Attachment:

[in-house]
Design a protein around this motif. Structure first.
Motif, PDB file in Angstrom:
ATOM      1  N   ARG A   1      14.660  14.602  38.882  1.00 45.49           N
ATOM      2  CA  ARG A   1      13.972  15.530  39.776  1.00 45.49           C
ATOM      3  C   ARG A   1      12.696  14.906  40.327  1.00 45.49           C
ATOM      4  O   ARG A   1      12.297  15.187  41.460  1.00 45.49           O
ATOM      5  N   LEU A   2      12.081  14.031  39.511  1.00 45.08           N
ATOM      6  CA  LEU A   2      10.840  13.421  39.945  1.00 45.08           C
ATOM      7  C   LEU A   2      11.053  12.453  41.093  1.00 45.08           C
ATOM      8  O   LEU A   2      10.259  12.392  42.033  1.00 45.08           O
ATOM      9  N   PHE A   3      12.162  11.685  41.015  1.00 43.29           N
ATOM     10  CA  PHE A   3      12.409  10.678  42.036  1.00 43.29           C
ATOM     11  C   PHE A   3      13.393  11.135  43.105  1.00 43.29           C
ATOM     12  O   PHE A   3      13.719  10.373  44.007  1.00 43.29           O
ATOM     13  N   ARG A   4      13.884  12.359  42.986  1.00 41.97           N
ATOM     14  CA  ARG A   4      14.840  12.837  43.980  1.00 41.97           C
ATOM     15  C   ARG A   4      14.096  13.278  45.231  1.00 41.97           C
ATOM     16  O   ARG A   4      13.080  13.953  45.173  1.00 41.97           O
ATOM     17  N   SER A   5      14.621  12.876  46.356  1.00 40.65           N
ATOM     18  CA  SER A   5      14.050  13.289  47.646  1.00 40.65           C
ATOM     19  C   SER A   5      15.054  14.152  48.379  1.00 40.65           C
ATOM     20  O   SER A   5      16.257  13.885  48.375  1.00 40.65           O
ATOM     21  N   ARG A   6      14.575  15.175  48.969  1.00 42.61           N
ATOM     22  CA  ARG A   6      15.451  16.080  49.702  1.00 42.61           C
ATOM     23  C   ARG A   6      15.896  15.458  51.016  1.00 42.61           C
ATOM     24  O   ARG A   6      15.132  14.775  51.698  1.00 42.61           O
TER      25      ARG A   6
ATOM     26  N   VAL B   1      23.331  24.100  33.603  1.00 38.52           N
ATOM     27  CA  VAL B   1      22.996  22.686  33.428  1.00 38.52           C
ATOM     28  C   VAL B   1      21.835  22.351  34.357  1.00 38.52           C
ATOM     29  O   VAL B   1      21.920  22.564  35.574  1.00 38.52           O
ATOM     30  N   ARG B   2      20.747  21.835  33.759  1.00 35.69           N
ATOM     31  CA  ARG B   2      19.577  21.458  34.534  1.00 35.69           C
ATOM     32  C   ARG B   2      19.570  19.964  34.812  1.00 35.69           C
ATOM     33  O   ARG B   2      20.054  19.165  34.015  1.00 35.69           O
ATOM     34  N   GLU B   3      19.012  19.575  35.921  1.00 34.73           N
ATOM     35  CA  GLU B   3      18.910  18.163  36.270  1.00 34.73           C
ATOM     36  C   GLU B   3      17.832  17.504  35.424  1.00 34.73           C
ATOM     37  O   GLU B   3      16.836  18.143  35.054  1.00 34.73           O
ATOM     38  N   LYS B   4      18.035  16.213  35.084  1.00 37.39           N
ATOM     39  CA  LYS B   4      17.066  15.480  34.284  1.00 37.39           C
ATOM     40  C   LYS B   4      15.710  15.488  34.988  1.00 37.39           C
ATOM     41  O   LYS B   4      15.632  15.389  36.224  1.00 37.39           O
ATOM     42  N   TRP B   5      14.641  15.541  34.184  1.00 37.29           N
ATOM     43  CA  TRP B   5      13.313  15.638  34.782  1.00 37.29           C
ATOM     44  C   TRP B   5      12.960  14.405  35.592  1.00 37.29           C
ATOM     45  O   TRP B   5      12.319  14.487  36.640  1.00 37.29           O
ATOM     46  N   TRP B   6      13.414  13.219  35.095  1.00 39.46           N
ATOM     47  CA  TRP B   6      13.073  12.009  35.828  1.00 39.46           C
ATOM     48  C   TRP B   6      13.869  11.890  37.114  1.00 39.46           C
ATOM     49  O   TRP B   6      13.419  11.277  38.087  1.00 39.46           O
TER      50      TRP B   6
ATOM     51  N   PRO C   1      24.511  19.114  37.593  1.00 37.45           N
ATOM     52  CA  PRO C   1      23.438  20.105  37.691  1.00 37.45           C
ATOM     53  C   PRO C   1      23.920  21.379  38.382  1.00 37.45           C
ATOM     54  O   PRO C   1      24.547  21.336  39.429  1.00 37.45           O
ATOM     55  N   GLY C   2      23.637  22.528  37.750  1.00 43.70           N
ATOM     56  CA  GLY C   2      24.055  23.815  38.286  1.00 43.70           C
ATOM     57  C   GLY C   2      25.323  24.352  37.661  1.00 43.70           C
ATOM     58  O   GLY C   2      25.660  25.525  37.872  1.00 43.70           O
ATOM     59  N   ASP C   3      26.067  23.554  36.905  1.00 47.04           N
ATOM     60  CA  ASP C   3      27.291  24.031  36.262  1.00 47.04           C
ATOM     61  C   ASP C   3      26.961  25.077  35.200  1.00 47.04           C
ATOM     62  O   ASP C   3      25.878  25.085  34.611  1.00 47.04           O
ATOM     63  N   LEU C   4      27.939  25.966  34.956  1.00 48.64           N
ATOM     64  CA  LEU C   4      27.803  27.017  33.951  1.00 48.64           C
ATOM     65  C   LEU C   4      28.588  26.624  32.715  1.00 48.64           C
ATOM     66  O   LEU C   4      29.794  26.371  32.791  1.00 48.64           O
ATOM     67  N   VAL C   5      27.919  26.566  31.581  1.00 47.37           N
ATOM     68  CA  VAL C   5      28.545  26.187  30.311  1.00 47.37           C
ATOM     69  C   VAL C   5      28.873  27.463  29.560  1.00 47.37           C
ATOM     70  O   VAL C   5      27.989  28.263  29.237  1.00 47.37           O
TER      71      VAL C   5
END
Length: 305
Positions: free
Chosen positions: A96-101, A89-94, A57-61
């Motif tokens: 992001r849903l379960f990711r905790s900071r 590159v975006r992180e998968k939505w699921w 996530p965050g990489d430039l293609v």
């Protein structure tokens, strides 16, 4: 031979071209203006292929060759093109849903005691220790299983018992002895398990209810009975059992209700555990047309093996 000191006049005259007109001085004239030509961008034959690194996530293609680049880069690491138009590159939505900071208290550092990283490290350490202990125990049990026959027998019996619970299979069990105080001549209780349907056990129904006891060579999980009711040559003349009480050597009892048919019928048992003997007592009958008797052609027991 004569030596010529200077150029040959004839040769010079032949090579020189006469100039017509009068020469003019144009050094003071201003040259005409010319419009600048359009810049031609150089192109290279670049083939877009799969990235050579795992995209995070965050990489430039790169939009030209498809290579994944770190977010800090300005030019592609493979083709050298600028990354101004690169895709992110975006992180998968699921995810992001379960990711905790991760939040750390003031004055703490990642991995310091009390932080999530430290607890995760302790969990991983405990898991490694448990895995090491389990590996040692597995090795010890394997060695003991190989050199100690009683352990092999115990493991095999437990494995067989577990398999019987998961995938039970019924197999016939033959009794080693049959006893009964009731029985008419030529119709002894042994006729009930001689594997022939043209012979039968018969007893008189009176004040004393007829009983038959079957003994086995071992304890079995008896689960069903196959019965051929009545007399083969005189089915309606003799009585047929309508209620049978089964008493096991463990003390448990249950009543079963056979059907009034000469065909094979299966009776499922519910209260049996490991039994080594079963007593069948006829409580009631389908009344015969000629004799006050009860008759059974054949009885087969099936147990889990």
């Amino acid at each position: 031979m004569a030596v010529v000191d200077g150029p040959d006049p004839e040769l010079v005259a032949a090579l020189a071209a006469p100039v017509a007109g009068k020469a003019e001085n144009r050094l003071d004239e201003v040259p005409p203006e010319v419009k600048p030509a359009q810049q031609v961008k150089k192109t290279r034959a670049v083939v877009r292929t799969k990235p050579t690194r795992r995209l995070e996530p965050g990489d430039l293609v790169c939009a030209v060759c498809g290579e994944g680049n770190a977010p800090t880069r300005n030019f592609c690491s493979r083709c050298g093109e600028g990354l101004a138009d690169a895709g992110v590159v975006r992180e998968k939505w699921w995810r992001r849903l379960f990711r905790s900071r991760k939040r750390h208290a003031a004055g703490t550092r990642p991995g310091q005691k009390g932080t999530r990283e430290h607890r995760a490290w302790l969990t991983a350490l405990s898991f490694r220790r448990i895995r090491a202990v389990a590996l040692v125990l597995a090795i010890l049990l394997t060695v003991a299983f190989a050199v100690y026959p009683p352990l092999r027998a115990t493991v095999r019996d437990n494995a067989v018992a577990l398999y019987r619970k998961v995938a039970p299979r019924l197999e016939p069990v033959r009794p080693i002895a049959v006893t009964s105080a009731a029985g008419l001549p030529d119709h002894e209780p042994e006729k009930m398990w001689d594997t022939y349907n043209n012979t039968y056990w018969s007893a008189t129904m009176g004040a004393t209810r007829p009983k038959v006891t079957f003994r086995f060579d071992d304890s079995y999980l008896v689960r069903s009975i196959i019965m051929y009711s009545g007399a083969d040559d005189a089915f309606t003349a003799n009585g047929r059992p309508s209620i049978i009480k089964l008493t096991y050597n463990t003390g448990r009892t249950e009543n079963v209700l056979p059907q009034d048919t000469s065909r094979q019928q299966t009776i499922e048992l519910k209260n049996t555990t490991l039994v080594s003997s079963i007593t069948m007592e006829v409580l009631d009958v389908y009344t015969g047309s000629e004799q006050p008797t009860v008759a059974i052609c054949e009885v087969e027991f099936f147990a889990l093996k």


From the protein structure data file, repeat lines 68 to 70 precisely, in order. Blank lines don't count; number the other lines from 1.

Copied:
ATOM     65  C   LEU C   4      28.588  26.624  32.715  1.00 48.64           C
ATOM     66  O   LEU C   4      29.794  26.371  32.791  1.00 48.64           O
ATOM     67  N   VAL C   5      27.919  26.566  31.581  1.00 47.37           N